5. Empower broad based action: senior management should clear away any obstacle in the way of change. Systems and structures that hinder change will need to be removed and thinking differently needs to be encouraged.
  6. Short term wins: planning for short term wins (and achieving them) are important; they demonstrate that the change is for the good and is actually working. Openly recognizing and rewarding success by staff members fuels new ambition and dedication.
  7. Consolidate change: in this stage new change agents are formed, spreading the change even further within the organization. Increased credibility of the change will allow for more and quicker changes of obstructing systems.
  8. Anchor new approaches in the culture: as described in the framework as part of the organization, culture is important, but very difficult to change. Clearly stating the relationship between new behaviors and the improved results due to the change will result in the adaptation of the culture, to remain a high performance one.

Prosci's 3 phase approach

Developed by Prosci Inc., a company focused on research and content creation in the field of change management,is a three step process for organizational change. The three steps are:

  • Phase 1- Preparing for change: this phase focuses on preparing yourself and the team for the change. During the phase you will need to:
    • Assess the scope of the change: how big is it? How many people will be affected? Will it be a gradual or radical change?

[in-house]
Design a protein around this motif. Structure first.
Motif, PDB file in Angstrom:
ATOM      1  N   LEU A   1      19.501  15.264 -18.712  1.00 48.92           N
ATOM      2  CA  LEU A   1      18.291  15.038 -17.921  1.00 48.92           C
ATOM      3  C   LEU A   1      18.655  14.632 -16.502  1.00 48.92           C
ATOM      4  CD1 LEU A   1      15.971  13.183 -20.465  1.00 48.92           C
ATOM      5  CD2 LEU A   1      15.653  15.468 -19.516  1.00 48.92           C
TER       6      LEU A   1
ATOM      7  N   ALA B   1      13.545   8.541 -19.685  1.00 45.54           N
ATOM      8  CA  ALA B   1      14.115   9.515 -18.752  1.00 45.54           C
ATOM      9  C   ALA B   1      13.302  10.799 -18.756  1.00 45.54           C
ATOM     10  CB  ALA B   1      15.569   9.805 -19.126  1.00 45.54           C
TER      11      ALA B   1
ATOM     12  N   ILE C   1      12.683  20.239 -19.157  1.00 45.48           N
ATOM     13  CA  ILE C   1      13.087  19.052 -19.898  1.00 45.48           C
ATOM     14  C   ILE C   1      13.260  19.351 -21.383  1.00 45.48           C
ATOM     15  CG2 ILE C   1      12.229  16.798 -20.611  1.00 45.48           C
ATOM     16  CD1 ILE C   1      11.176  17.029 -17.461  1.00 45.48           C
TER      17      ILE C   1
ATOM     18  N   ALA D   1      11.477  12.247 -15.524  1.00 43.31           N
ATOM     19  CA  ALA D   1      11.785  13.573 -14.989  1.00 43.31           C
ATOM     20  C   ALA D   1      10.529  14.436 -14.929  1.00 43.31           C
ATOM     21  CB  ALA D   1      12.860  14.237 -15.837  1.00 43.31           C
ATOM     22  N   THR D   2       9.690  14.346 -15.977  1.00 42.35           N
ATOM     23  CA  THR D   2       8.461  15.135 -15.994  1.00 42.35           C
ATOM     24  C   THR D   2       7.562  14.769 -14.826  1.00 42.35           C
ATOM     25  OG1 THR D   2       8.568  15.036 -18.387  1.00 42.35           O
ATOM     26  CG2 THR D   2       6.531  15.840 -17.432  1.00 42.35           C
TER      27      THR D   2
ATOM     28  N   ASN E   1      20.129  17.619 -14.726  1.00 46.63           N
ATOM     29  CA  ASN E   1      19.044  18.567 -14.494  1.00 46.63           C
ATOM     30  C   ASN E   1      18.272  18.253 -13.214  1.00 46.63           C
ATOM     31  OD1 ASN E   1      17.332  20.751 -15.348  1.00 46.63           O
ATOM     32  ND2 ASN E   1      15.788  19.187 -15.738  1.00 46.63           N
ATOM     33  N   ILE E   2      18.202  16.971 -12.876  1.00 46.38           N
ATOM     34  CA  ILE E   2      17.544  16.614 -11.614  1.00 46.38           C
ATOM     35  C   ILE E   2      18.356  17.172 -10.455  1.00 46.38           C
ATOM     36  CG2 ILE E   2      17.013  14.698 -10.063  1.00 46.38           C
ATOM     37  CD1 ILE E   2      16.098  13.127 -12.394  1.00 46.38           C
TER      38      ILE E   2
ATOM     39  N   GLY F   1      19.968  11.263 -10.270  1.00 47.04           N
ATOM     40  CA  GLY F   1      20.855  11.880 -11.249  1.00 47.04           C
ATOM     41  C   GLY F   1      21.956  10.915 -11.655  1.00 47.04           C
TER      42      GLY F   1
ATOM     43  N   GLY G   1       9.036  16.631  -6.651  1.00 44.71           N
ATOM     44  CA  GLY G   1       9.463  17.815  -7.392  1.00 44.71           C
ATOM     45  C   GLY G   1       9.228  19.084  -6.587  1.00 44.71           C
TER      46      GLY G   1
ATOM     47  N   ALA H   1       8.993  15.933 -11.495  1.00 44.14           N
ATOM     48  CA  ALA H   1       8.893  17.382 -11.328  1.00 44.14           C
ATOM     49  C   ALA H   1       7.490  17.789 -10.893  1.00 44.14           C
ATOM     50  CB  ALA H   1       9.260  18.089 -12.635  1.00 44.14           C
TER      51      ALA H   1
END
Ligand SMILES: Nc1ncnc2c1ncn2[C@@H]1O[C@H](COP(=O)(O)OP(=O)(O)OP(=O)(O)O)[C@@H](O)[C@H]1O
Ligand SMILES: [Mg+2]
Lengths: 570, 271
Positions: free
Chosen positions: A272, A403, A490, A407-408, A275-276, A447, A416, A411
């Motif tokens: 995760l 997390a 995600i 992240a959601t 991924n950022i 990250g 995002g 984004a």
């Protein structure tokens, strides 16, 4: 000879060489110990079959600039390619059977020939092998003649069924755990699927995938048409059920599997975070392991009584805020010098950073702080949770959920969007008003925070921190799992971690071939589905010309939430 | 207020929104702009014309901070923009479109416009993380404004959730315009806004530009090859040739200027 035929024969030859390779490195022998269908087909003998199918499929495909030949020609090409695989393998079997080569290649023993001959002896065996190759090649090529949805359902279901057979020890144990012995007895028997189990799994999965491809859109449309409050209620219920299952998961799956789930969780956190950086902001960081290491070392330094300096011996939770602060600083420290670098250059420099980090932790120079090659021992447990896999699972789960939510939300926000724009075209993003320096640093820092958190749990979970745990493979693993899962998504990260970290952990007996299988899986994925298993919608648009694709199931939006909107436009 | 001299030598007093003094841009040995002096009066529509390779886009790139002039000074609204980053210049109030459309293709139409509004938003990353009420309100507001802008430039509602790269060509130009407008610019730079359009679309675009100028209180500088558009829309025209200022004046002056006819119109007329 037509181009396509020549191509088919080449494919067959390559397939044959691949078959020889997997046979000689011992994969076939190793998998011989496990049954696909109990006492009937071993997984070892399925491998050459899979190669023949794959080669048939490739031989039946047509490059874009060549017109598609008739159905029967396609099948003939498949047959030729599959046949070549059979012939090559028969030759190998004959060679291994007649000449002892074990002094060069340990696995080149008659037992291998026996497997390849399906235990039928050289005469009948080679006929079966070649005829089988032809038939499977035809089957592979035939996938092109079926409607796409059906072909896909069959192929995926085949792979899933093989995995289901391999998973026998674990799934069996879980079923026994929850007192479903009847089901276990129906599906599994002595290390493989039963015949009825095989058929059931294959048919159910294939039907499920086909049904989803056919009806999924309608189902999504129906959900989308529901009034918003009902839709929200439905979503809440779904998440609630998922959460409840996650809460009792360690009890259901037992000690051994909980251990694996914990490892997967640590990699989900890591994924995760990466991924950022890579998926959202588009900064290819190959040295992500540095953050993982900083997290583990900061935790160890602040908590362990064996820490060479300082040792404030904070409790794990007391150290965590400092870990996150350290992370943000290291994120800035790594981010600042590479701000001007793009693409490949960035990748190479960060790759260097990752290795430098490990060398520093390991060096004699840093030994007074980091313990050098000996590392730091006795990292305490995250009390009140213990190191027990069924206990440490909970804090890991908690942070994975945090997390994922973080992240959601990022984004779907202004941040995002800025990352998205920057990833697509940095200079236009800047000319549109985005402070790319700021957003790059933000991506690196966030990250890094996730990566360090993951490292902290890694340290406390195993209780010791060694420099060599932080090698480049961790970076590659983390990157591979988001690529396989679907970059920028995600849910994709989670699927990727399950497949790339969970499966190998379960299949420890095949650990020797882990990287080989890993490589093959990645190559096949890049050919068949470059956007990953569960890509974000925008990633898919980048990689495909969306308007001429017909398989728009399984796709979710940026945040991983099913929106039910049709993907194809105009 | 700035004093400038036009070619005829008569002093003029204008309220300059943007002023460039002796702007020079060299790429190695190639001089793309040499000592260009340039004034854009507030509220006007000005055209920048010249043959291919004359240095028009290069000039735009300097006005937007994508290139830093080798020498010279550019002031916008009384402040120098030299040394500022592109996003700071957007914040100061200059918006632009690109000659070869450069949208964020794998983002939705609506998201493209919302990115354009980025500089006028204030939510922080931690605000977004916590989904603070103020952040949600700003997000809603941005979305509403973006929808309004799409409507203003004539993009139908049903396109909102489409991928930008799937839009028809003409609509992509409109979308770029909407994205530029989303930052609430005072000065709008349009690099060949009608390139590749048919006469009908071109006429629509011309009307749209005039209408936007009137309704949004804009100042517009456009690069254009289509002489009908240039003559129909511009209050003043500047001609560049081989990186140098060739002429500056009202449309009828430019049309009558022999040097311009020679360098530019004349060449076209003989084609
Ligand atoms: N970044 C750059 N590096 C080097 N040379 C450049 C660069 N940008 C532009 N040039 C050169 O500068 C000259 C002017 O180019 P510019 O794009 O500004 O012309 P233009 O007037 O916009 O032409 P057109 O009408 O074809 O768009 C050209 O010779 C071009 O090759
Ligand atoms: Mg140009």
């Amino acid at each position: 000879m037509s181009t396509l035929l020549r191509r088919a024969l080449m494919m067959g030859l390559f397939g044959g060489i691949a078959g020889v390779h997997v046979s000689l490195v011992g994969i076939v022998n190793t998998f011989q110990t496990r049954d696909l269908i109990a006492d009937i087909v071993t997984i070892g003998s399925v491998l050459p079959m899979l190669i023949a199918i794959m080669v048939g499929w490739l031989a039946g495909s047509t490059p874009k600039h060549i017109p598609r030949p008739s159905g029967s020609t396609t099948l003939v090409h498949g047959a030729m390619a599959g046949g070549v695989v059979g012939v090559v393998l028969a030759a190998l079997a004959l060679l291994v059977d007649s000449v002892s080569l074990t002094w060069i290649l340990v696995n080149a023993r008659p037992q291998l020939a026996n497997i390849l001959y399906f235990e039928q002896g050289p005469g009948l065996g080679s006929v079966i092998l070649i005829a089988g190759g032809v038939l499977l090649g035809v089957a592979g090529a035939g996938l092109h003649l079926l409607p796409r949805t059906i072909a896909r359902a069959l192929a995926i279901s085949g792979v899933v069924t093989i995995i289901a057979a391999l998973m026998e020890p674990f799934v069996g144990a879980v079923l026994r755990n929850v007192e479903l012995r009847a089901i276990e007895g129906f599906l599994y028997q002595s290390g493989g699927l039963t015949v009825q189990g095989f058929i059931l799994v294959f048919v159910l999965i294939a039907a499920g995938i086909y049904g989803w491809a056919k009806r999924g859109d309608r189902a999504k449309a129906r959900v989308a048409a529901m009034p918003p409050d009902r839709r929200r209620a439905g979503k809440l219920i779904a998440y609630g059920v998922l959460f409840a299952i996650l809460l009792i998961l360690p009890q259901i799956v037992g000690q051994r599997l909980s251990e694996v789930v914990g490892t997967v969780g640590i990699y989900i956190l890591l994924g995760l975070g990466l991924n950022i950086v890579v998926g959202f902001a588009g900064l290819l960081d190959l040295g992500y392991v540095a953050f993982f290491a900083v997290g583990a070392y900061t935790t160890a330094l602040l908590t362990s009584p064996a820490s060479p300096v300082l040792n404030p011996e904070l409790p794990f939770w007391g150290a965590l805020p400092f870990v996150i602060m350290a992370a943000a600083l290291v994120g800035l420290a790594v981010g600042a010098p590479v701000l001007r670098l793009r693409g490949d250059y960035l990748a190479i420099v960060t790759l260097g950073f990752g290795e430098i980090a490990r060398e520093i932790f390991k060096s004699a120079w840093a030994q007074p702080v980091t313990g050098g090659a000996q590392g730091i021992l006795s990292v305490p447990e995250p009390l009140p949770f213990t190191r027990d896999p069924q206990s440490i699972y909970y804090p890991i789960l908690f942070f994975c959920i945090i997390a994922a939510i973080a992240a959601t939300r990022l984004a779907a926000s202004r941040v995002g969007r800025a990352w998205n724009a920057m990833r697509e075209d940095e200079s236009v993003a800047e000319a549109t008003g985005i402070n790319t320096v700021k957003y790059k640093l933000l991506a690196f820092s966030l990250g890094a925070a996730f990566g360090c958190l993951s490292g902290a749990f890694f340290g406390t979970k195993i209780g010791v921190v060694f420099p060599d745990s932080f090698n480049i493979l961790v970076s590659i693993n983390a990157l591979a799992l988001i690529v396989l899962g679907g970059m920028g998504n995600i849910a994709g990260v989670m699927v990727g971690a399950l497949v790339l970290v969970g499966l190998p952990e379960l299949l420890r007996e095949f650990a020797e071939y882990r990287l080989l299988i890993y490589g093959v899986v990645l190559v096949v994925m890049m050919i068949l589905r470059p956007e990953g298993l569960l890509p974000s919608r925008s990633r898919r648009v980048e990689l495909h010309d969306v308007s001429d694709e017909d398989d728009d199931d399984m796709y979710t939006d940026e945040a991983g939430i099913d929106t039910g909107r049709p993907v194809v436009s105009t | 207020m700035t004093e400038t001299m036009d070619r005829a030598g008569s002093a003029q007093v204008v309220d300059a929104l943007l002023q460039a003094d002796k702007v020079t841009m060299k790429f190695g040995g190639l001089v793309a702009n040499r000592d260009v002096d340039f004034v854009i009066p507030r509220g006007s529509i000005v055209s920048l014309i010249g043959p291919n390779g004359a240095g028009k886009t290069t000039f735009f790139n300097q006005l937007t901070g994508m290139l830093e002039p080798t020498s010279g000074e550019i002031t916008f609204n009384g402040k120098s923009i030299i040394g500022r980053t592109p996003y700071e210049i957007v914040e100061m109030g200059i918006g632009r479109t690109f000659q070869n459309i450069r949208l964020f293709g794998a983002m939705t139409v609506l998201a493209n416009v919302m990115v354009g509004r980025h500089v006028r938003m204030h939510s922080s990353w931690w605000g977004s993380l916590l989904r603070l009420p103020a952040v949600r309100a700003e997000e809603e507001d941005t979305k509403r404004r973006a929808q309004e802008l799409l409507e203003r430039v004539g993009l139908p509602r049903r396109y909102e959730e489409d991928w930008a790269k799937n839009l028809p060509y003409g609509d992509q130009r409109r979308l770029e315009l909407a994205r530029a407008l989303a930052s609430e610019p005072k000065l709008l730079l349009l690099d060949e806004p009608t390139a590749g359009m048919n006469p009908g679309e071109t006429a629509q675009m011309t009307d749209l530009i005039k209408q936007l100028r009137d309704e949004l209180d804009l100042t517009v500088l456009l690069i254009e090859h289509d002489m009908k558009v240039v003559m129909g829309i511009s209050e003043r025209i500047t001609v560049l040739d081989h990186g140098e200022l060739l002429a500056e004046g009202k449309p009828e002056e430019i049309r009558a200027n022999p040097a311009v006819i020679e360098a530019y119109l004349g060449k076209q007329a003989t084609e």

• Assess the readiness of the organization impacted by the change. What value system is impacted by the change? What change is already going on? What type of resistance can be expected?
    • Acquire project resources and assess the strengths of your change management team.
    • Assess the change sponsors and take the first steps to enable them to effectively lead the change process
  • Phase 2- Managing change: This second phase includes the design of change management plans and the execution of individual change management activities. Key elements include:
    • Communication
    • Coaching
    • Training
    • Sponsorship
    • Resistance management
  • Phase 3- Reinforcing change: this phase focuses on the reinforcement of the change by continuously monitoring change activities and taking corrective actions when needed. This phase is the most important one and in practice management often forgets to fully complete this phase, resulting in a less than perfect change.

Individual change: ADKAR model

Also developed by Prosci is a model aimed at assisting individuals to go through the change. Ultimately it will be the individual people that need to change. According to the model, all individuals will need to go through five stages of change. The speed by which each individual will go through each stage will differ from one person to another, but all will need to go through ALL these phases in order to fully accept the change. This model can be used as a tool for self-awareness, gap analysis, resistance analysis, coaching and the development of corrective actions. The picture below indicates the 5 phases of the model.